To achieve uniform distribution pattern of energy absorbed, the laser light employed should be additionally modified, such as making the laser light go through a grating as described above. Besides, other characteristics of the last light may be adjusted to acquire more uniform distribution of energy absorbed, such as adjusting a focus of the laser light. The purpose of the adjusted laser energy distribution is to make the distribution pattern very similar to that shown in
As far as the material of the metal reflective layer 72 is concerned, it may be selected as one with a better match with the metal substrate 71 and with a better reflective ability. For example, copper and tungsten alloy (CuW) may be used as the metal substrate, and silver (Ag), aluminum (Al) or rhodium (Rh) may be at the time chosen as the metal reflector 72.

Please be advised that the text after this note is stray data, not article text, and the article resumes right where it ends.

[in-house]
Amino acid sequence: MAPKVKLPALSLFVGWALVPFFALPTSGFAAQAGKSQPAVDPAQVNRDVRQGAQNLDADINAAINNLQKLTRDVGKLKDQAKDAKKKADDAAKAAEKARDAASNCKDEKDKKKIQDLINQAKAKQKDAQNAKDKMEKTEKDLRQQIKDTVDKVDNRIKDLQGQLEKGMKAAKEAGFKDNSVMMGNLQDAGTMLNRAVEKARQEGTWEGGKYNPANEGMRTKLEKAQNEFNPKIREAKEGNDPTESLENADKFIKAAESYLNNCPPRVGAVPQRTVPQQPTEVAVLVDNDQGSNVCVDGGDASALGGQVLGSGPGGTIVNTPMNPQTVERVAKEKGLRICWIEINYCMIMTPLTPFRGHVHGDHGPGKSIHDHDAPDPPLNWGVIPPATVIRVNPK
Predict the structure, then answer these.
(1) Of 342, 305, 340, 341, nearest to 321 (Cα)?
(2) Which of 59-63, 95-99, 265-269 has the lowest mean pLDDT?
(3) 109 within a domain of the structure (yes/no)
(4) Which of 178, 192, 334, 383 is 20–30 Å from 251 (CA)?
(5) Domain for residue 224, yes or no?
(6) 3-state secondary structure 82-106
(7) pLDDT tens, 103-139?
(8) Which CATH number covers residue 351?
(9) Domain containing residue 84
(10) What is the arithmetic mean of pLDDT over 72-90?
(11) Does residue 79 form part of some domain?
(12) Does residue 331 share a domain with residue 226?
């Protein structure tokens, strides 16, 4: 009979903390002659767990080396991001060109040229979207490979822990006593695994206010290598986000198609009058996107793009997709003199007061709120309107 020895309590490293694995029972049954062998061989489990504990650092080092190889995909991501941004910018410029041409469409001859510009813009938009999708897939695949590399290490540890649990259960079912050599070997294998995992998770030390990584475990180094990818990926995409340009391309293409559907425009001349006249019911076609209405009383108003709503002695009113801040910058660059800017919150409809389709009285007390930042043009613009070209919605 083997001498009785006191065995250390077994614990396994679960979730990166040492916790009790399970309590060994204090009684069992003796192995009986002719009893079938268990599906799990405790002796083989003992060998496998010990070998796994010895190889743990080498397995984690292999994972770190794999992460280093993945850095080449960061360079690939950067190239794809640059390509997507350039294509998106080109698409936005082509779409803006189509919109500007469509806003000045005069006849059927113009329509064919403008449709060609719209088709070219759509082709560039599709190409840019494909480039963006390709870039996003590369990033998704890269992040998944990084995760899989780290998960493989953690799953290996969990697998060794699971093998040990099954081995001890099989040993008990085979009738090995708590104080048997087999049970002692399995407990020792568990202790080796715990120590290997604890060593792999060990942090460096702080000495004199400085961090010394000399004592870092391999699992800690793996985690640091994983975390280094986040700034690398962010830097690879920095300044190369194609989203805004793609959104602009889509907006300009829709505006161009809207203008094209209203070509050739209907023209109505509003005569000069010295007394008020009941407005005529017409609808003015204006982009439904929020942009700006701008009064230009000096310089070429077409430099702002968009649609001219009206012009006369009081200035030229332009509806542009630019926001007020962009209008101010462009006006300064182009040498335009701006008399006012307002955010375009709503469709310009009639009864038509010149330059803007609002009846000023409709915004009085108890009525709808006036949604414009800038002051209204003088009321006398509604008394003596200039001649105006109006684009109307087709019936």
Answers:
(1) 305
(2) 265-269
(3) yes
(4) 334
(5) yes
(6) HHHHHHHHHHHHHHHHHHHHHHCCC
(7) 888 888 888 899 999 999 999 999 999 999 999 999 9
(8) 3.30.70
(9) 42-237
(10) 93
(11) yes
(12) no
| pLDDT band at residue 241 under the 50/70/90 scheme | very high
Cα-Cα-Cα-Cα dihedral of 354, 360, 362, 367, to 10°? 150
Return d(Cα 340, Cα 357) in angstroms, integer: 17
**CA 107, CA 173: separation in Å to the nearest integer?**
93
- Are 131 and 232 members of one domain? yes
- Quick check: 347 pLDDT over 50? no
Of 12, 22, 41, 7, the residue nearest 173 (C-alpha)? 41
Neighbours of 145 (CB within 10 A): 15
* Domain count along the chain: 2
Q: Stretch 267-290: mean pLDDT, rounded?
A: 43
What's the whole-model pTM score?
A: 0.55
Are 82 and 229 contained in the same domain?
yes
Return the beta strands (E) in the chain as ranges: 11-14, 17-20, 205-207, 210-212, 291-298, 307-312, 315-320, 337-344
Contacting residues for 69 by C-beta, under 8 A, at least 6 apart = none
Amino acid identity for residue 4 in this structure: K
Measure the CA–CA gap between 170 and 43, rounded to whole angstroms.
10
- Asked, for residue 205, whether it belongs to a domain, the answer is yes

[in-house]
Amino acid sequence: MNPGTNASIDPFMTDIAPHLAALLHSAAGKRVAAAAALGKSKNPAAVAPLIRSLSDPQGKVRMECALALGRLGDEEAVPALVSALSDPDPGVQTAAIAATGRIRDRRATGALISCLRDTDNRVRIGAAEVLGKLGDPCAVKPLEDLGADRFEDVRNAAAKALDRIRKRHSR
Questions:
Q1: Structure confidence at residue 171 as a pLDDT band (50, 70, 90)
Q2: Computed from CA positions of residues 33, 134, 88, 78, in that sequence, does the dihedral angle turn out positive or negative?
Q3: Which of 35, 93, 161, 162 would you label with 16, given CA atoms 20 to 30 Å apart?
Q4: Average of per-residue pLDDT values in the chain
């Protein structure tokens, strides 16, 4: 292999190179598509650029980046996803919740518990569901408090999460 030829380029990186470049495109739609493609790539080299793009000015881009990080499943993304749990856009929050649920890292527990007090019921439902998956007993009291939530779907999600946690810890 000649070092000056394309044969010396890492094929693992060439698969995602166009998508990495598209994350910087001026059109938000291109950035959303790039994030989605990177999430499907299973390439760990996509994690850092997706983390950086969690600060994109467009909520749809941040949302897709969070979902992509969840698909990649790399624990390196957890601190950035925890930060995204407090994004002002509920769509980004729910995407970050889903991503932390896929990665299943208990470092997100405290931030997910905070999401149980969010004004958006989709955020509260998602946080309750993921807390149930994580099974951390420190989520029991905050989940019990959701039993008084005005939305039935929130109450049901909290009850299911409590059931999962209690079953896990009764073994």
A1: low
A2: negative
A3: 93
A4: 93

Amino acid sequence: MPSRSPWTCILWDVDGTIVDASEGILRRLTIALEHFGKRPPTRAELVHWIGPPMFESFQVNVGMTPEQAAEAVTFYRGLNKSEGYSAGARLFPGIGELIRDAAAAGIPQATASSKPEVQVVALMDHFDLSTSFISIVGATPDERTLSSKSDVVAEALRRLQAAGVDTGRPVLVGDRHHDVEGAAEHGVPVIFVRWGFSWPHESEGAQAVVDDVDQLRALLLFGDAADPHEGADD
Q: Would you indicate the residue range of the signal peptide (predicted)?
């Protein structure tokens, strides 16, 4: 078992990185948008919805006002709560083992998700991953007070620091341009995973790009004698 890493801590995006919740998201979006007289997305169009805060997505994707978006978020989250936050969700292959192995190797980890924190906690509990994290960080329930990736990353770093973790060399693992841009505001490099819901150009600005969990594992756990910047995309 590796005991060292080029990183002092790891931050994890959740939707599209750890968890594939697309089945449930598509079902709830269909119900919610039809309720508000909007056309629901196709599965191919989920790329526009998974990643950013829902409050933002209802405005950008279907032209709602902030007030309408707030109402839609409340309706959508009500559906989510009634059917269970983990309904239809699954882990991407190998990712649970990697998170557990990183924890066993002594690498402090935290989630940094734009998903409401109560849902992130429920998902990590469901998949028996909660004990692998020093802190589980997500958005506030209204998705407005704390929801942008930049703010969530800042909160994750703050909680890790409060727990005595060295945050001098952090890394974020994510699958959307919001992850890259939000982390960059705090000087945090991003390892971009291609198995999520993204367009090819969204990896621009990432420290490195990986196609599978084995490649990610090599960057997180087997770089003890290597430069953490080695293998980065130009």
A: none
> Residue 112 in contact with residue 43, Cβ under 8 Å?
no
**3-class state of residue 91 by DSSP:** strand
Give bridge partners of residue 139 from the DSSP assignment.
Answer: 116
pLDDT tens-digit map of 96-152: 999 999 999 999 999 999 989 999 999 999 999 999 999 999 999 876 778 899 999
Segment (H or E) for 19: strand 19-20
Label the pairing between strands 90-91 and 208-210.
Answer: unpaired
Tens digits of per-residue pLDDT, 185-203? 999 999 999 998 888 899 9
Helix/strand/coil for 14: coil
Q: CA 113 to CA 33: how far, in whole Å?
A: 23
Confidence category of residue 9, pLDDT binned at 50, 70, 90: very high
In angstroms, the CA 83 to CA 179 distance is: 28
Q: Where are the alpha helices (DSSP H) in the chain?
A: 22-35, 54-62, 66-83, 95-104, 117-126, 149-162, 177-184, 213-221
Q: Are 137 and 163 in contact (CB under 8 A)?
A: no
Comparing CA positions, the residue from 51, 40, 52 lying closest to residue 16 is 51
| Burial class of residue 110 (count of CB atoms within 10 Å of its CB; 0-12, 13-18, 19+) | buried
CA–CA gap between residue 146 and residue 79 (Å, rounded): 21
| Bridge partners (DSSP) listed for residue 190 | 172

The invention has been described as above, and it will be obvious that the above embodiments may be varied in many ways that are apparent to those skilled in the art. For example, the dimension of the laser array may be changed, the energy absorption distribution pattern may be varied, the grating employed may be replaced by other optical elements and the combination of the laser light and the thin film may also be changed. Such variations are not to be regarded as a departure from the spirit and scope of the invention, and all such modifications as would be obvious to one skilled in the art are intended to be included within the scope of the following claims.
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|Citing Patent||Filing date||Publication date||Applicant||Title|
|US8187900||Oct 26, 2010||May 29, 2012||Hong Kong Applied Science and Technology Research Institute Company Limited||Optimization of polishing stop design|